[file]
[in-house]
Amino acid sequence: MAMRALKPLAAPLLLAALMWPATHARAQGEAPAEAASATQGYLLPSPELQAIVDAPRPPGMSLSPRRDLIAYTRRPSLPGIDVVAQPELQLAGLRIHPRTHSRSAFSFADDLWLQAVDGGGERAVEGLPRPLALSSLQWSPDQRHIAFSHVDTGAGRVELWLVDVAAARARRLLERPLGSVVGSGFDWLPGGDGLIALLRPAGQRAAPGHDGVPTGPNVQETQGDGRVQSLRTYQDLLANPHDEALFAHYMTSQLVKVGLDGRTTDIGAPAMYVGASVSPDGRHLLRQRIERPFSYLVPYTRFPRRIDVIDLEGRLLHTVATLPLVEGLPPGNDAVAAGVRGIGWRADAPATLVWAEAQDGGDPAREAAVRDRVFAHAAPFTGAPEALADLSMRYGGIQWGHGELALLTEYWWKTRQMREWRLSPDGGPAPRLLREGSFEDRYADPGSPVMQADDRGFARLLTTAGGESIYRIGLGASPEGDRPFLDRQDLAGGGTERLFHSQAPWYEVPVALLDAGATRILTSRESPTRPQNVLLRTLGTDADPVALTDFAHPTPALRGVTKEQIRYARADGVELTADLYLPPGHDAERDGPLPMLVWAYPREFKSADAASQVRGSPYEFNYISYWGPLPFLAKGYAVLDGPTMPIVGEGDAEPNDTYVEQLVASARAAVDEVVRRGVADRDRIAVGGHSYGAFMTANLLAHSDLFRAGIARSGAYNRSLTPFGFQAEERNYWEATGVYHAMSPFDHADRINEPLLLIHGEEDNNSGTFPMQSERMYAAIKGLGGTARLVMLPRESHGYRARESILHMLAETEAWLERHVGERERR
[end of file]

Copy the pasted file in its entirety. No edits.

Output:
[in-house]
Amino acid sequence: MAMRALKPLAAPLLLAALMWPATHARAQGEAPAEAASATQGYLLPSPELQAIVDAPRPPGMSLSPRRDLIAYTRRPSLPGIDVVAQPELQLAGLRIHPRTHSRSAFSFADDLWLQAVDGGGERAVEGLPRPLALSSLQWSPDQRHIAFSHVDTGAGRVELWLVDVAAARARRLLERPLGSVVGSGFDWLPGGDGLIALLRPAGQRAAPGHDGVPTGPNVQETQGDGRVQSLRTYQDLLANPHDEALFAHYMTSQLVKVGLDGRTTDIGAPAMYVGASVSPDGRHLLRQRIERPFSYLVPYTRFPRRIDVIDLEGRLLHTVATLPLVEGLPPGNDAVAAGVRGIGWRADAPATLVWAEAQDGGDPAREAAVRDRVFAHAAPFTGAPEALADLSMRYGGIQWGHGELALLTEYWWKTRQMREWRLSPDGGPAPRLLREGSFEDRYADPGSPVMQADDRGFARLLTTAGGESIYRIGLGASPEGDRPFLDRQDLAGGGTERLFHSQAPWYEVPVALLDAGATRILTSRESPTRPQNVLLRTLGTDADPVALTDFAHPTPALRGVTKEQIRYARADGVELTADLYLPPGHDAERDGPLPMLVWAYPREFKSADAASQVRGSPYEFNYISYWGPLPFLAKGYAVLDGPTMPIVGEGDAEPNDTYVEQLVASARAAVDEVVRRGVADRDRIAVGGHSYGAFMTANLLAHSDLFRAGIARSGAYNRSLTPFGFQAEERNYWEATGVYHAMSPFDHADRINEPLLLIHGEEDNNSGTFPMQSERMYAAIKGLGGTARLVMLPRESHGYRARESILHMLAETEAWLERHVGERERR